Courses in Fall 2014
CC101: The Ancient World
[course homepage] The first semester of Core Humanities introduces students to two fundamental components of the Western tradition: the world of the Hebrew Scriptures and the culture of the ancient Greeks. The course also considers the Babylonians and other peoples to whom the Hebrews and Greeks are indebted. Among the topics for the semester are: the character of a hero, the relationship between heroes and ordinary human beings, God or the gods, ancient cities, friendship and love, the meaning of justice. Key issues include the human experience of the divine; war (or man’s struggle with human and natural forces whose essence is strife); the development of logos (human reason or cognition) as a response to the divine and to the forces of nature; and the development of art.
CC105: Evolution of the Universe and the Earth
[course homepage] In the first-semester Natural Sciences course, students explore the physical sciences: astronomy, physics, chemistry, and earth science. The main theme is the evolution of physical matter within the universe, “the story of stuff.” Perhaps the greatest benefit of CC105 is the understanding it engenders of how individuals personally, and humanity in general, fit into the universe. To promote integration among disciplines, throughout CC105 we will discuss the historical, philosophical, and theological implications of the scientific description of the universe.
CC201: The Renaissance
[course homepage] The third semester of the Humanities Core continues our multidisciplinary study with some of the most significant literary, artistic, musical, and philosophical works from the Renaissance, an era in which the foundations of the modern world were laid. The semester will carry us from the early fourteenth through the late seventeenth century, the late Middle Ages through the burgeoning of Renaissance humanism to the baroque period. We consider the origins of modern political and scientific thought and of the comic novel, the flowering of English poetry, Petrarch, Montaigne, Rabelais, Cervantes, Shakespeare, Descartes, and Milton, the music of Bach and the art of Michelangelo.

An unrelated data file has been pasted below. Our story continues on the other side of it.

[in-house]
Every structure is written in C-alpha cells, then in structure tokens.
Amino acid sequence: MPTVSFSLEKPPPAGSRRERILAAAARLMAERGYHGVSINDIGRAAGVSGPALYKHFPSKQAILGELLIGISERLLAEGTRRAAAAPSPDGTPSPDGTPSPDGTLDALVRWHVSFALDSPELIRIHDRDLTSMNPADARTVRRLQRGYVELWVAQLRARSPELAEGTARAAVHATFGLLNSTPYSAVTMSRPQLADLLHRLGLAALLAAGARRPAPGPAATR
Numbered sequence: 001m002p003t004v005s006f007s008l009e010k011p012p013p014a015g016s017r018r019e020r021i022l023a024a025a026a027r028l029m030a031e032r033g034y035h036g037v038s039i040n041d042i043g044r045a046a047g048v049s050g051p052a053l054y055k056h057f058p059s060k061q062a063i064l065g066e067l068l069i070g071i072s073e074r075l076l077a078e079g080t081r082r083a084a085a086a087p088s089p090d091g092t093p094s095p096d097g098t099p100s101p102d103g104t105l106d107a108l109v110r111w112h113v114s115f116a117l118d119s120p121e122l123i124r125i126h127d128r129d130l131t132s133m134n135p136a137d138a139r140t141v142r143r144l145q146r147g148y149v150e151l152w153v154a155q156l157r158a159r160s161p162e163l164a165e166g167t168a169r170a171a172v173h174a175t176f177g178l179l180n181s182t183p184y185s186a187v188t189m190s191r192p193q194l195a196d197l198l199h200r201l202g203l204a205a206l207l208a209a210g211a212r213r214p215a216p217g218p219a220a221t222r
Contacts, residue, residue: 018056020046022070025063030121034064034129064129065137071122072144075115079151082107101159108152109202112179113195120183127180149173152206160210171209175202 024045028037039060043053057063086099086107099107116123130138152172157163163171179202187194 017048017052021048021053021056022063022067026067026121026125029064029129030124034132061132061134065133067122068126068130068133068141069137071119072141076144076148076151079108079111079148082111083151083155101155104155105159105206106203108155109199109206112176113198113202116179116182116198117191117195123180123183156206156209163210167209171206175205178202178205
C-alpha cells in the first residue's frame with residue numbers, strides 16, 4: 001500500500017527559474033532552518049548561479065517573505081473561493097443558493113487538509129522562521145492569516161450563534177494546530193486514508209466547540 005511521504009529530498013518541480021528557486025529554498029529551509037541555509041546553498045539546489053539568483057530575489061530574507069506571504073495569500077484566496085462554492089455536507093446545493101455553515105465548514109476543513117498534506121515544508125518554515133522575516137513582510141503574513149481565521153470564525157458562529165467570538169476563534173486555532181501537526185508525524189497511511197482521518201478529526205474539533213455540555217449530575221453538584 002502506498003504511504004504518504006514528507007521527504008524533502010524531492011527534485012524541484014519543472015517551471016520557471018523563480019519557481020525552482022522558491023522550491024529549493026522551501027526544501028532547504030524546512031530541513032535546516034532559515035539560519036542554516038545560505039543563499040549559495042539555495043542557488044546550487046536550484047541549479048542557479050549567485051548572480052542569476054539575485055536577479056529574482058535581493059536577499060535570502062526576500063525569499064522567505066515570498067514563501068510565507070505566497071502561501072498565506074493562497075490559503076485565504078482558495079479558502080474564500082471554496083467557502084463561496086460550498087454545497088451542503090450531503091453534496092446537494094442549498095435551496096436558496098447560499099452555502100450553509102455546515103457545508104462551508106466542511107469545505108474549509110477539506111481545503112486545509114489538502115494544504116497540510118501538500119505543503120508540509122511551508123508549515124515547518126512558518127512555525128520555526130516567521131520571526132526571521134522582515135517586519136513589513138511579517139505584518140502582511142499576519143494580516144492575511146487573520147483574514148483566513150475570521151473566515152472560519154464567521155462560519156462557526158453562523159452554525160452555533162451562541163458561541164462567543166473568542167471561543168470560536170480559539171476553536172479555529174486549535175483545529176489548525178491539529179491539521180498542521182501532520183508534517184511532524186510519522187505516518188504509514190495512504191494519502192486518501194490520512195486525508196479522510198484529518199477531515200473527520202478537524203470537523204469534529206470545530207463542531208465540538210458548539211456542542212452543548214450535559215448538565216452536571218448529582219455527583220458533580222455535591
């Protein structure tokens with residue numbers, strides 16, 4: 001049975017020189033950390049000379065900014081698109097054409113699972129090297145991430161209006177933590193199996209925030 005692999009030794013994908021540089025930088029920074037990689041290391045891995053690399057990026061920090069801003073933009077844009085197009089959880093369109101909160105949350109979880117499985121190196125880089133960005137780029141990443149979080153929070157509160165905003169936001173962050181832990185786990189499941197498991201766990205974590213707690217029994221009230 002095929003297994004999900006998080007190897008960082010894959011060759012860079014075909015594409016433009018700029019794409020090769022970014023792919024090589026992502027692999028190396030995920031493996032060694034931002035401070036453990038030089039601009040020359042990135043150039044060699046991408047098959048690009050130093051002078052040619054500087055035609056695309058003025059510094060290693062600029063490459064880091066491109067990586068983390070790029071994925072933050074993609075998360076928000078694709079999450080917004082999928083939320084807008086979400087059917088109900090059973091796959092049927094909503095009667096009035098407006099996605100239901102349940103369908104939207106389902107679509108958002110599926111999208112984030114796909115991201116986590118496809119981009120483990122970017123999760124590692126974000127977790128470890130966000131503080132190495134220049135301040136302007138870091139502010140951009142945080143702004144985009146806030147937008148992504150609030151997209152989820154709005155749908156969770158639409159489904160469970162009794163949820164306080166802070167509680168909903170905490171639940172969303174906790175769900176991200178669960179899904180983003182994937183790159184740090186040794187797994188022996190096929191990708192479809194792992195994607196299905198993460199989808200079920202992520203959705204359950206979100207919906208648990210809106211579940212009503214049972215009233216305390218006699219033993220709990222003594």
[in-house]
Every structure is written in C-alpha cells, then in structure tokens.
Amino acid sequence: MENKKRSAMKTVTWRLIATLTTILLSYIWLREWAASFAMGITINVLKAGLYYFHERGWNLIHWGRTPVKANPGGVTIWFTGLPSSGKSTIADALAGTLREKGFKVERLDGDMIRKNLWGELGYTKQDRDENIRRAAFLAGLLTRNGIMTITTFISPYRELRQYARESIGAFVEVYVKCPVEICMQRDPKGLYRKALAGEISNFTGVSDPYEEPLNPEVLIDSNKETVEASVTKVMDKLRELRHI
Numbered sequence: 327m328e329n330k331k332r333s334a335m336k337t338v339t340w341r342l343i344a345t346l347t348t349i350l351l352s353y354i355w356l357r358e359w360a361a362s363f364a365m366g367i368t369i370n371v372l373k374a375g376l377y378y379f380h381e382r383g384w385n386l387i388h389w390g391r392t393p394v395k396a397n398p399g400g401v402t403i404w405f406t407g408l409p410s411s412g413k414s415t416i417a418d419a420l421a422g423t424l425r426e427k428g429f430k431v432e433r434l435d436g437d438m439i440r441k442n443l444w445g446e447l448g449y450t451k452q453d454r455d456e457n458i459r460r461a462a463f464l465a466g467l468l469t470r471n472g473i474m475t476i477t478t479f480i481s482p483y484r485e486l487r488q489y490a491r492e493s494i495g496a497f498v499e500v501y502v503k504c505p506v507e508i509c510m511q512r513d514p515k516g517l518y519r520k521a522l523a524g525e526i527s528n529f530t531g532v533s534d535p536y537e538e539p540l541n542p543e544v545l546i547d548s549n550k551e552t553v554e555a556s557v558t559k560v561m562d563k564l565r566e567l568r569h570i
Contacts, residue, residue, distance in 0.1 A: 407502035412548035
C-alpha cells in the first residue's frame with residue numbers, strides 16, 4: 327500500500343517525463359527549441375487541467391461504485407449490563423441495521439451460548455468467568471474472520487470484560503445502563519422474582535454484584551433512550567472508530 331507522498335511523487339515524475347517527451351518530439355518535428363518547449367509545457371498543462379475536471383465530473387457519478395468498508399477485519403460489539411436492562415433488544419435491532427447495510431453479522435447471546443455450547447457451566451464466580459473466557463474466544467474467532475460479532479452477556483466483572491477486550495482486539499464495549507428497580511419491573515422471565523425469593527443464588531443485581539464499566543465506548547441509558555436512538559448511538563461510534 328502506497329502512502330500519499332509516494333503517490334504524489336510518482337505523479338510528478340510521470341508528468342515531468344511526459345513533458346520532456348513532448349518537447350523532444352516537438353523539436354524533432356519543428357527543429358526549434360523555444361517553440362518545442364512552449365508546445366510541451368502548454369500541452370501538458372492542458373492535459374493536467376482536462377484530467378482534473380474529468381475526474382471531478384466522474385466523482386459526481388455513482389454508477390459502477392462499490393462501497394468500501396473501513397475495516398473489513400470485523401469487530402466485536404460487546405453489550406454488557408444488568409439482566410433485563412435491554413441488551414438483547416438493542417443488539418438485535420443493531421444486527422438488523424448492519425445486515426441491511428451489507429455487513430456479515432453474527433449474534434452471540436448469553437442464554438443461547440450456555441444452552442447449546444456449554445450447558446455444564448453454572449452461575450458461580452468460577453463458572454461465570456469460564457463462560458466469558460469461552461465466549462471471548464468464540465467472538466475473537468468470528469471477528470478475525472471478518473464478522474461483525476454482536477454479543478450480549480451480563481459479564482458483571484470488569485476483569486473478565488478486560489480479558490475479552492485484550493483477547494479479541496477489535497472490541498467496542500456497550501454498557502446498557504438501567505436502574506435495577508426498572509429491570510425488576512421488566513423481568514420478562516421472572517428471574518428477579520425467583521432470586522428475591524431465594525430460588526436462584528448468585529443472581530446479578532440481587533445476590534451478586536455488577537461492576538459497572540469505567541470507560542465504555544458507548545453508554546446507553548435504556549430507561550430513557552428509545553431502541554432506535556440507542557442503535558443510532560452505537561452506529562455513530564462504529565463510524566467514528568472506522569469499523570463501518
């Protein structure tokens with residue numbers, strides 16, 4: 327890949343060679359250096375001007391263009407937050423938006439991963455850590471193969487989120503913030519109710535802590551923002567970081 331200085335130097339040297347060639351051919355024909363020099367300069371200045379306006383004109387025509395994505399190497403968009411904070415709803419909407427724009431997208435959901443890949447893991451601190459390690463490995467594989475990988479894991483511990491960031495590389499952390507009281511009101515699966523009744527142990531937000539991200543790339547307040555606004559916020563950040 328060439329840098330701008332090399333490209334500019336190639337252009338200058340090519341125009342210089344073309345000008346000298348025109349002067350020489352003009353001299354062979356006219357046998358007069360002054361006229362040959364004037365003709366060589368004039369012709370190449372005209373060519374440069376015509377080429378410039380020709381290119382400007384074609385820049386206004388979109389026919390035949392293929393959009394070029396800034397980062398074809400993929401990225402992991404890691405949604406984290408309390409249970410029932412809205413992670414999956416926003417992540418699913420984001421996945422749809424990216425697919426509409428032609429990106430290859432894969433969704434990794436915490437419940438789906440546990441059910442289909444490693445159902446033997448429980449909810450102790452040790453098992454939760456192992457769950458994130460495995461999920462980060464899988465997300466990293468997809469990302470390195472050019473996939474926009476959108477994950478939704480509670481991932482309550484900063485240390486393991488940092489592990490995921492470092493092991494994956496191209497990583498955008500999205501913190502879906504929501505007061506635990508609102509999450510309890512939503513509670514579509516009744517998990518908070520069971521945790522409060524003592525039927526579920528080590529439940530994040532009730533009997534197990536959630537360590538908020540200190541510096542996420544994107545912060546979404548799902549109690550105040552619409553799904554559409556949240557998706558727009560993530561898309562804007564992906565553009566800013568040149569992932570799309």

CC203: Foundations of the Social Sciences
[course homepage] This fall course introduces the social sciences within their historical setting. It will pursue major intellectual themes rather than attempt to cover each discipline separately. In the first semester, we focus on the emergence of the social sciences up to the end of the 19th century and early 20th century. Our purpose is to outline the modes of thought, scope of problems, types of analysis and their significance in understanding the world. For this reason historical context plays a vital role in determining how the very societies we study have changed through time and helps explain why some problems received more attention in one period than another. The readings for each lecture theme are drawn from original sources in order to represent the most fundamental theories as they were first presented.